The Best Way to Play a Desperate NSA

It’s official: a fifth domain of warfare has emerged. Battles no longer need to be waged by the world’s armies, navies or air and space forces. Its warriors need not be heard or even seen by the public — for their weapons don’t consist of bullets, missiles or bombs. Attacks will beam across oceans over glass fibers at the speed of light, course over copper wires on finely tuned electron pulses or ride through the ether on electromagnetic waves.

These shadowy battles of the future will use weapons of binary-encoded signals that propagate across the global network known as the Internet. Welcome to war’s newest front: cyberspace.

Unlike traditional warfare’s battlefields, cyberspace is invisible, knows no boundaries and is capable of covertly and inexpensively compromising the security of nations, financial institutions, industrial systems, public health, personal identity and individual freedom.

The new landscape of crime and war extends beyond military targets and key infrastructure. It is also a war on you. The good news is: technological innovators are charging ahead to provide solutions in order to secure networks and devices, protect confidential data and immunize the many systems woven into cyberspace.

Unfortunately, unlike the average person, organizations like the NSA have billions of dollars to spend hiring some of these innovators. Which ones, we don’t always know for sure. But one thing we do know: cyber security is in growing demand, and every investor should check out some options on how to gain exposure to this expanding market.

The Battlefield in Your Pocket

Mobile computing technology is facilitating everything from mobile payment processing to banking and instantaneous stock trading. This gives cybercriminals new targets that haven’t had much time to develop resistance to malicious viral code.

It was different back in the 1990s, when a mobile phone didn’t do much more than place a call. Then (and still now), the PC market was dominated by Microsoft’s Windows, with Apple’s offerings occupying a minority slice of the desktop-computing pie (that’s why you probably don’t remember getting many viruses on your Apple devices).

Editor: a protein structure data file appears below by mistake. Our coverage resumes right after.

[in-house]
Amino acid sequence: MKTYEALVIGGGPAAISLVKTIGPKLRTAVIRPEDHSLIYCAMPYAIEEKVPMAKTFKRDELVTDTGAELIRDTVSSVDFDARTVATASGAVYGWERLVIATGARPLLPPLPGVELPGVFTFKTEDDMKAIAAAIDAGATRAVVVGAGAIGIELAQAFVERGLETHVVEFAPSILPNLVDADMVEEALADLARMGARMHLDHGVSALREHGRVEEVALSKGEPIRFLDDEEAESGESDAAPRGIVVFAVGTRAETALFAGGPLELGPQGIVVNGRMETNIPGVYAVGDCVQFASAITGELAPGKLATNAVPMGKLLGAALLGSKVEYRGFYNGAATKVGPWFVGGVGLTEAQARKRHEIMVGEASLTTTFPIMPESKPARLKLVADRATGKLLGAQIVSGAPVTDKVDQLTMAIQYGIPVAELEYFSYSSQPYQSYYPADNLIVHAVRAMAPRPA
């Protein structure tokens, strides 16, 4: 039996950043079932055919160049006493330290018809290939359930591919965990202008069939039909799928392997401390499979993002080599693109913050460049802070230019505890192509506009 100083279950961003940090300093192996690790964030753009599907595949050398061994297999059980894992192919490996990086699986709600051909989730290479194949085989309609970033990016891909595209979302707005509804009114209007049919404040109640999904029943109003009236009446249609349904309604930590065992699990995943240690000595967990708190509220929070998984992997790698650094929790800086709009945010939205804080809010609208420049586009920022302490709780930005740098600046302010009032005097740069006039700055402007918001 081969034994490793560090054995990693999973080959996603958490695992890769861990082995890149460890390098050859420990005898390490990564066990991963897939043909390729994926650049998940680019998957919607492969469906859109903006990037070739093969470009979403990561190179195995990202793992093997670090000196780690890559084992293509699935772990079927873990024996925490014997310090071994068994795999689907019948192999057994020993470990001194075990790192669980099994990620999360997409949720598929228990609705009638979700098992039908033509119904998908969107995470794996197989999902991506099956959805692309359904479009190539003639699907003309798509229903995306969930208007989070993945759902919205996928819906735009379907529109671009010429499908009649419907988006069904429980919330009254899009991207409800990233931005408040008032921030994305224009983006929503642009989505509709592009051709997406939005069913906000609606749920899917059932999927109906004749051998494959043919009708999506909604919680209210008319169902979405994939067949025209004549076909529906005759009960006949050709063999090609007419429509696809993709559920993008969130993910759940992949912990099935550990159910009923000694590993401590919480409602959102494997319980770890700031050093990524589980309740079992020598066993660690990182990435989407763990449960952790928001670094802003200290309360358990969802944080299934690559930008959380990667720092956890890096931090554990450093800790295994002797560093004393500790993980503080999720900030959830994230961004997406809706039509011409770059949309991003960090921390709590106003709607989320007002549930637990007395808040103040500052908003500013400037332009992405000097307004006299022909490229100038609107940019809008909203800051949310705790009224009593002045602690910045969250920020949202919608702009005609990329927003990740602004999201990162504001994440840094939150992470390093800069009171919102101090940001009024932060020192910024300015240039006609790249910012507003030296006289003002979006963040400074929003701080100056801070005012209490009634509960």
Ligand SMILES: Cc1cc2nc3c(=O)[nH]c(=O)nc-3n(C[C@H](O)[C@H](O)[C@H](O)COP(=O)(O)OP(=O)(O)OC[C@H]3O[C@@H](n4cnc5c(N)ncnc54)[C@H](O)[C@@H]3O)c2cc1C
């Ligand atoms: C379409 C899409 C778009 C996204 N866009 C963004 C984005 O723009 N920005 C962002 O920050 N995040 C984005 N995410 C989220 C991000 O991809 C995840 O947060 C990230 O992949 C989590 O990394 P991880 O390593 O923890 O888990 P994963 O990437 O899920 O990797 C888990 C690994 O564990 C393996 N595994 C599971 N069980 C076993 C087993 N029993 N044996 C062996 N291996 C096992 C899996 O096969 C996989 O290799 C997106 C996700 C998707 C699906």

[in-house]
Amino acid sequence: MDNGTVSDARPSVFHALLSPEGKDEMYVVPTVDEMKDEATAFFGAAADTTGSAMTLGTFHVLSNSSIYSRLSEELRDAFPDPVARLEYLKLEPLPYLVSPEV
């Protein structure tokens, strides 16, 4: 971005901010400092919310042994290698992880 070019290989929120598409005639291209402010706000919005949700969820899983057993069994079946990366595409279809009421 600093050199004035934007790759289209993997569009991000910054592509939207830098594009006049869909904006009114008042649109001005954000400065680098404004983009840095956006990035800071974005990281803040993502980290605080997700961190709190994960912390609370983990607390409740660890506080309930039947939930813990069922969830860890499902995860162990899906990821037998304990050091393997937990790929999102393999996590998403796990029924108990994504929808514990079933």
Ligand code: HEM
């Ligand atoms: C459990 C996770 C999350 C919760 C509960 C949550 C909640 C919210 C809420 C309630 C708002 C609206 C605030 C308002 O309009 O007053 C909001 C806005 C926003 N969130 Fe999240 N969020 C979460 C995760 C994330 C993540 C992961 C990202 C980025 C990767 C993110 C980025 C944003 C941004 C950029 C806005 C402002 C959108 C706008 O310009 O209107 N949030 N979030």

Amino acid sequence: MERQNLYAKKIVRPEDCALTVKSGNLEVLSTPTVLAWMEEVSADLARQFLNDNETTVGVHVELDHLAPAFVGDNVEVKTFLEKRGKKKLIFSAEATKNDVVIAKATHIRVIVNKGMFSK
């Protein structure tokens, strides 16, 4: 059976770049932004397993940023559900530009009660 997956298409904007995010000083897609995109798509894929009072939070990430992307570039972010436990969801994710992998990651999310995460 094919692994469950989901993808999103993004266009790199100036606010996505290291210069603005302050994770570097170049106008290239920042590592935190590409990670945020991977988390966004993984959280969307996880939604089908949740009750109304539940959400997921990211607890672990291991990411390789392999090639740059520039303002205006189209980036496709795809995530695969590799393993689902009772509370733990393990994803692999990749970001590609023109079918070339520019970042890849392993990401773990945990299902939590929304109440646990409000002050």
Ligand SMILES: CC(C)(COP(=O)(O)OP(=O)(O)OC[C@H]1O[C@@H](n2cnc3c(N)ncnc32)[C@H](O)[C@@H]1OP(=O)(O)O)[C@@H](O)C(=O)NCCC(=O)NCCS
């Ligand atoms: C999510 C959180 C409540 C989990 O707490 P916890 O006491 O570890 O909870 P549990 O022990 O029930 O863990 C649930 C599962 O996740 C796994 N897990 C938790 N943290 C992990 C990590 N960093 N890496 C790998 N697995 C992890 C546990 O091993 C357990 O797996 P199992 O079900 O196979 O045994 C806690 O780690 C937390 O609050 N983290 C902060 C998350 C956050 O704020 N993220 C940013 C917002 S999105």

The dominance of the Windows operating system made (and still makes) it an attractive target for hackers writing code to exploit software vulnerabilities. From a hacker’s perspective, writing a virus for Windows systems simply provided more bang for the buck — especially since most “work” computers operate on the Window’s operating system.

Nowadays, however, smartphones are claiming more of a share in personal computing. In the past, smartphones escaped attention because they previously represented a relatively small installed base — and tablets didn’t even exist in appreciable quantities until very recently.

The sheer number of smartphones that will be on the Internet in the years to come makes them a logical target for hackers, scammers and thieves. Google’s mobile operating system, Android, and Apple’s iPhone and iPad operating system, iOS, are increasingly being used in workplace environments. We will see only more exploits as cybercriminals find new ways to gain unauthorized access and control. This creates lucrative opportunities for innovators working on ways to secure mobile computers.

As you can imagine, these new “battlefields” have made for an extremely complex defense problem. In fact, there’s evidence to suggest we may even be in a “cyber cold war” with China… and it’s heating up. In May 2010, Gen. Keith Alexander outlined his views in a report for the United States House Committee on Armed Services subcommittee.